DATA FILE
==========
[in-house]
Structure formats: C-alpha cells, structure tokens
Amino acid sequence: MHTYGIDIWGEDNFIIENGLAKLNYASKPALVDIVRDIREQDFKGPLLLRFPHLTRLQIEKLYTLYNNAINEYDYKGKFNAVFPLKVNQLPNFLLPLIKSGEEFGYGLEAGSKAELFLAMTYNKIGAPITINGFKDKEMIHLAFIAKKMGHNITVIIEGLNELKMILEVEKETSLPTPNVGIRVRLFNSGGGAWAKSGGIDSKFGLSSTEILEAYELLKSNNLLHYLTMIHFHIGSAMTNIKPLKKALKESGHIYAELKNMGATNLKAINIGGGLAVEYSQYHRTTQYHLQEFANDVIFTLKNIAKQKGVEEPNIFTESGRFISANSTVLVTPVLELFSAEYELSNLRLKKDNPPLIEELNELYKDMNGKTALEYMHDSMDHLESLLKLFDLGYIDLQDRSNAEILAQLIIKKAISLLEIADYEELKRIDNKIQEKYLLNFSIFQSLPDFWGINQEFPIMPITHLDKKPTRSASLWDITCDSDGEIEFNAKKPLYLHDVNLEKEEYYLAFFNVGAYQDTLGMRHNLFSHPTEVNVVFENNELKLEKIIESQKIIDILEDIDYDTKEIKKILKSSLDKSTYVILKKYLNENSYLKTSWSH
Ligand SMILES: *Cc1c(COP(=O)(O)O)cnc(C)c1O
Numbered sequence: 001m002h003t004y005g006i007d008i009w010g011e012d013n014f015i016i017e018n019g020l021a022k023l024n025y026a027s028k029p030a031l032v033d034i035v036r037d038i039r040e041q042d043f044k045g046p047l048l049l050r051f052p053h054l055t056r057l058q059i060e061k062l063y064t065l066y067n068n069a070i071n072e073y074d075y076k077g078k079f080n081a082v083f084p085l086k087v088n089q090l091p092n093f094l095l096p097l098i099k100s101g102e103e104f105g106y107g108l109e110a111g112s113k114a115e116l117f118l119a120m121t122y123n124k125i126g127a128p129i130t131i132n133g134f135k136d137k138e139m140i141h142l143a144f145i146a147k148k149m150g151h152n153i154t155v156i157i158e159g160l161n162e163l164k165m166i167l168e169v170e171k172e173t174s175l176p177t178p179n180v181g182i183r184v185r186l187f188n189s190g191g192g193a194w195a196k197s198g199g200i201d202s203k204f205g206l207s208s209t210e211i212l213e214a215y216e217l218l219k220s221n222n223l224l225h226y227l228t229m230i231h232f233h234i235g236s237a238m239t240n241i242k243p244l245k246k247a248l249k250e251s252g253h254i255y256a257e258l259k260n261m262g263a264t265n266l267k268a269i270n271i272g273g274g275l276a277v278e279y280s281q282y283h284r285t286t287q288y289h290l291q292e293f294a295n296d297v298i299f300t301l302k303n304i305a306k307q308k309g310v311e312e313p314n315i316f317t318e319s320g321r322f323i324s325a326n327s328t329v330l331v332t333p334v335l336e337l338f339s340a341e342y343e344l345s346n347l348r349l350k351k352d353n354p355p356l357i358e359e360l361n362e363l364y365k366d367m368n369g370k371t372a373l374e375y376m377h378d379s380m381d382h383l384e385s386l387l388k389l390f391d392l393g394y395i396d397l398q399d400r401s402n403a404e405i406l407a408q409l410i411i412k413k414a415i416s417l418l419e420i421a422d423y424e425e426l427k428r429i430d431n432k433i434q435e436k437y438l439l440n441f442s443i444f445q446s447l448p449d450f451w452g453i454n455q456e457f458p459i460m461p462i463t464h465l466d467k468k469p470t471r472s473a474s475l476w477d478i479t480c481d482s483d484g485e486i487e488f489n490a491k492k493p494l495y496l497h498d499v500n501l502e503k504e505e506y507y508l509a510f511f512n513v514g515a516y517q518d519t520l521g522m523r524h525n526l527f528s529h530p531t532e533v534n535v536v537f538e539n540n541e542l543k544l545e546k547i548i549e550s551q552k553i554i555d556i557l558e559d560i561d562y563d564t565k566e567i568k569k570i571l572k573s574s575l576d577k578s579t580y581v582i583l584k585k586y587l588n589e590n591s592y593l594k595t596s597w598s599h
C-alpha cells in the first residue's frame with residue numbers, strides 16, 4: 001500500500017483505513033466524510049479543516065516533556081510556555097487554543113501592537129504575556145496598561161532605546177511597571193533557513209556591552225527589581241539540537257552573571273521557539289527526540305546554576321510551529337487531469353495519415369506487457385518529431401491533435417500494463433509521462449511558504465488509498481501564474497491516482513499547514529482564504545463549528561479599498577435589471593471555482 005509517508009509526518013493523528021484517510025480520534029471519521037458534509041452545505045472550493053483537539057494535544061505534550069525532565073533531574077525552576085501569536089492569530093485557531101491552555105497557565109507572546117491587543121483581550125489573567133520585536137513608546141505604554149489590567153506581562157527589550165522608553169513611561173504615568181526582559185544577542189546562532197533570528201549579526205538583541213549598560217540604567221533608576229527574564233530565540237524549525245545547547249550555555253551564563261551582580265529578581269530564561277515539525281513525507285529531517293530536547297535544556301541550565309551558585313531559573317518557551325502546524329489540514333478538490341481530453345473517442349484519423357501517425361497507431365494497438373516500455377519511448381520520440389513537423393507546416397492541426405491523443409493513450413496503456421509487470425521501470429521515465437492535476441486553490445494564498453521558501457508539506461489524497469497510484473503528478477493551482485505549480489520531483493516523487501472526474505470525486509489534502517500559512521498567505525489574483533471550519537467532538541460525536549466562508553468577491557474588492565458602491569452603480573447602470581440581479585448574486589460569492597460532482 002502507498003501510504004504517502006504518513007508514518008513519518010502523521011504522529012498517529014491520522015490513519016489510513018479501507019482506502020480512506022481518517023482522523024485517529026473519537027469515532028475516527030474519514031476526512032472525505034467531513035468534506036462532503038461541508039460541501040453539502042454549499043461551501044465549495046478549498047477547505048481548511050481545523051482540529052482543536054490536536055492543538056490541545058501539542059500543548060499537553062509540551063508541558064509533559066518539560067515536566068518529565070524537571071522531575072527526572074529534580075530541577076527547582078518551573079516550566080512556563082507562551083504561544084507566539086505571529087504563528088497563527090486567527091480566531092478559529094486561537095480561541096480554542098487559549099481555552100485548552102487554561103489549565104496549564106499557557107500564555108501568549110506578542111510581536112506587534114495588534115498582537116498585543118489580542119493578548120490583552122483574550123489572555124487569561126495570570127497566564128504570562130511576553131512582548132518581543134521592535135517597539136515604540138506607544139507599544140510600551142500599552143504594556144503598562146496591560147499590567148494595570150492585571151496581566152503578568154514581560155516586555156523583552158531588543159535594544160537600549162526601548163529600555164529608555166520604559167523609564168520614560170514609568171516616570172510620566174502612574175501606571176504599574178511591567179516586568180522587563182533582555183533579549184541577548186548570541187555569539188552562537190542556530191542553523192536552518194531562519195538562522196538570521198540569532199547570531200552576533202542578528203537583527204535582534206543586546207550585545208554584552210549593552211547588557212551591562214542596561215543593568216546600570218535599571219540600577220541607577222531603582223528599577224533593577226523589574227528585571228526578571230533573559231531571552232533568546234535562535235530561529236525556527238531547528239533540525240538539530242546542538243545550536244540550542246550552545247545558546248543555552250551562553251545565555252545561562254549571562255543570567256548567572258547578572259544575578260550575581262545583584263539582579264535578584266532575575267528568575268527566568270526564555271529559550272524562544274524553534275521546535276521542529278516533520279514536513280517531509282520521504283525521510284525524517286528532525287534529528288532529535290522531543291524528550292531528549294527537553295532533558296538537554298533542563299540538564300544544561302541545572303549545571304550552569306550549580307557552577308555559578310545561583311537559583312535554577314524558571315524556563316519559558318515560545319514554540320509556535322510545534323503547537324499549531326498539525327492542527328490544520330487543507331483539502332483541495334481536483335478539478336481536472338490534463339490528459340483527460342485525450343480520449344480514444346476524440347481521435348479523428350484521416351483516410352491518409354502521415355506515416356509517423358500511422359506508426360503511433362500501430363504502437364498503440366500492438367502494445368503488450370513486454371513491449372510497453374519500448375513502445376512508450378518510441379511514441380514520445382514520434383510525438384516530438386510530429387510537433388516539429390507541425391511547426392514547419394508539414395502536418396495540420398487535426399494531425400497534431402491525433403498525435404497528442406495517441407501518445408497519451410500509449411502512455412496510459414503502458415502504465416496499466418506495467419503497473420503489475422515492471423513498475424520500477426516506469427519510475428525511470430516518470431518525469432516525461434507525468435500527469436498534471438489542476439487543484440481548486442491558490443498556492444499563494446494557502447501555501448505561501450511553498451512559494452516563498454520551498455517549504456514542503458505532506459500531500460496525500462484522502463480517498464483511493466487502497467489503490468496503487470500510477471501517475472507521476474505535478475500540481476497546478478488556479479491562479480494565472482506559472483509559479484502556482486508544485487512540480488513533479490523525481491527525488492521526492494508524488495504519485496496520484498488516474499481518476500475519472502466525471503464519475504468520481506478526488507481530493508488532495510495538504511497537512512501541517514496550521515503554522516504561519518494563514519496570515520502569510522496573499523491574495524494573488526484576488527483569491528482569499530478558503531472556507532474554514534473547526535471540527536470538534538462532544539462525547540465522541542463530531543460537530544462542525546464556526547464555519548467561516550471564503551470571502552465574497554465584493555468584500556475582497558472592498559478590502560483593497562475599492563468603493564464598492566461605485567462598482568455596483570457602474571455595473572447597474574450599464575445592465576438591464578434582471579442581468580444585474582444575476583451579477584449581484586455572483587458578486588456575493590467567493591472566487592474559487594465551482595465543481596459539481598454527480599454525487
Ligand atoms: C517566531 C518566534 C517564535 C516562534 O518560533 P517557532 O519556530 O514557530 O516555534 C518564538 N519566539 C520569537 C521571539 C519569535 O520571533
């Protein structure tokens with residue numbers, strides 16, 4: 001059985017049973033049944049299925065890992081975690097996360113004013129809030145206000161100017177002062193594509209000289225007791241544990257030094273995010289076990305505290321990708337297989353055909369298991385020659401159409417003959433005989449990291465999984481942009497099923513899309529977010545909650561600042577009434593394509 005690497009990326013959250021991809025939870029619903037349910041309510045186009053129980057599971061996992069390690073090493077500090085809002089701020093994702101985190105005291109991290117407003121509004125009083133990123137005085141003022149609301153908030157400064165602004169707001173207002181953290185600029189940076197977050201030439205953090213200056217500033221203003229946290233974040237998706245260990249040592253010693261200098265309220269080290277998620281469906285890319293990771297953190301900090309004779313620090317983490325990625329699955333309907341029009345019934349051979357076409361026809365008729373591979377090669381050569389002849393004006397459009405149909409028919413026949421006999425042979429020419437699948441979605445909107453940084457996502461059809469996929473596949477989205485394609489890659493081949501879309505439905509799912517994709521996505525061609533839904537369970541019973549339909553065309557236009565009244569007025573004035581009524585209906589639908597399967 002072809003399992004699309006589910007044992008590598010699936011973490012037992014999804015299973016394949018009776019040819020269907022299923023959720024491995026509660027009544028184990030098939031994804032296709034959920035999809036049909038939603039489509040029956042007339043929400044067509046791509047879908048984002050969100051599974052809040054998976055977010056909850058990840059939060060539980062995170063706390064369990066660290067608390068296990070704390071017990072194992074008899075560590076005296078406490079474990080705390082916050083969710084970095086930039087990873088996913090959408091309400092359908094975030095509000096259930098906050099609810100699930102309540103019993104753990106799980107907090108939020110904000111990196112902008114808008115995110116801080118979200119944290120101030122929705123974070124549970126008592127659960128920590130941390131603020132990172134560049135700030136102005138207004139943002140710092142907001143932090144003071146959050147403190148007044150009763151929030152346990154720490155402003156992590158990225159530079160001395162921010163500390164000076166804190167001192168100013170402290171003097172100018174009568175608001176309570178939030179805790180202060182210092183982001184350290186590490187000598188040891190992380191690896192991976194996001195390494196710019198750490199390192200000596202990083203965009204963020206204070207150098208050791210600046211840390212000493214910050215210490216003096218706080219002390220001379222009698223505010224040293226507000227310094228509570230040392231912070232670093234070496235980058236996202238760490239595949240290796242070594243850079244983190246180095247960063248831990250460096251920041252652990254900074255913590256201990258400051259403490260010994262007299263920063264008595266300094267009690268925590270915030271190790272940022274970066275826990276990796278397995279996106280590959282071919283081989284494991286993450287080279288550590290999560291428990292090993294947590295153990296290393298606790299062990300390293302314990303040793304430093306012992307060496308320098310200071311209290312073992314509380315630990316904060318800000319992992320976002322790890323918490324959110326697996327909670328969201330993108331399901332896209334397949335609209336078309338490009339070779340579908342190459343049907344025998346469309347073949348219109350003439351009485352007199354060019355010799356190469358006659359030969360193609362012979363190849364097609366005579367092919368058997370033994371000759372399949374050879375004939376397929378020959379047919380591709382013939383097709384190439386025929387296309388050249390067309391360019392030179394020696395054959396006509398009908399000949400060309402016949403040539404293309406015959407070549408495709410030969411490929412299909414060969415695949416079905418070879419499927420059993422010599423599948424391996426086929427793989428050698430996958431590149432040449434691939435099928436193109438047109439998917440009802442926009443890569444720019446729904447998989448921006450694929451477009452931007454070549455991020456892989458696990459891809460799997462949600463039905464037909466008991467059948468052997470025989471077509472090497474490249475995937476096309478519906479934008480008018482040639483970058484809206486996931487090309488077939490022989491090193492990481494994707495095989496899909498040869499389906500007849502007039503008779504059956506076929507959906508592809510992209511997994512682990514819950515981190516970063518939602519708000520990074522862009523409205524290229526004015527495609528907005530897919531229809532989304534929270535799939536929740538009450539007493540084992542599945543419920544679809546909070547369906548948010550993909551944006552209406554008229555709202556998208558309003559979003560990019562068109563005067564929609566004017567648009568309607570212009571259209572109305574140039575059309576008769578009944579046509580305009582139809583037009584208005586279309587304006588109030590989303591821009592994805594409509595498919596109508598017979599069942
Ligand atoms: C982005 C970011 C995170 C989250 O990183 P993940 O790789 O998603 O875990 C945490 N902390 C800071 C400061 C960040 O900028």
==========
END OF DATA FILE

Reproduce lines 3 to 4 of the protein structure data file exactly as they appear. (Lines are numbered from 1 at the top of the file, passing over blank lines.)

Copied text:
Amino acid sequence: MHTYGIDIWGEDNFIIENGLAKLNYASKPALVDIVRDIREQDFKGPLLLRFPHLTRLQIEKLYTLYNNAINEYDYKGKFNAVFPLKVNQLPNFLLPLIKSGEEFGYGLEAGSKAELFLAMTYNKIGAPITINGFKDKEMIHLAFIAKKMGHNITVIIEGLNELKMILEVEKETSLPTPNVGIRVRLFNSGGGAWAKSGGIDSKFGLSSTEILEAYELLKSNNLLHYLTMIHFHIGSAMTNIKPLKKALKESGHIYAELKNMGATNLKAINIGGGLAVEYSQYHRTTQYHLQEFANDVIFTLKNIAKQKGVEEPNIFTESGRFISANSTVLVTPVLELFSAEYELSNLRLKKDNPPLIEELNELYKDMNGKTALEYMHDSMDHLESLLKLFDLGYIDLQDRSNAEILAQLIIKKAISLLEIADYEELKRIDNKIQEKYLLNFSIFQSLPDFWGINQEFPIMPITHLDKKPTRSASLWDITCDSDGEIEFNAKKPLYLHDVNLEKEEYYLAFFNVGAYQDTLGMRHNLFSHPTEVNVVFENNELKLEKIIESQKIIDILEDIDYDTKEIKKILKSSLDKSTYVILKKYLNENSYLKTSWSH
Ligand SMILES: *Cc1c(COP(=O)(O)O)cnc(C)c1O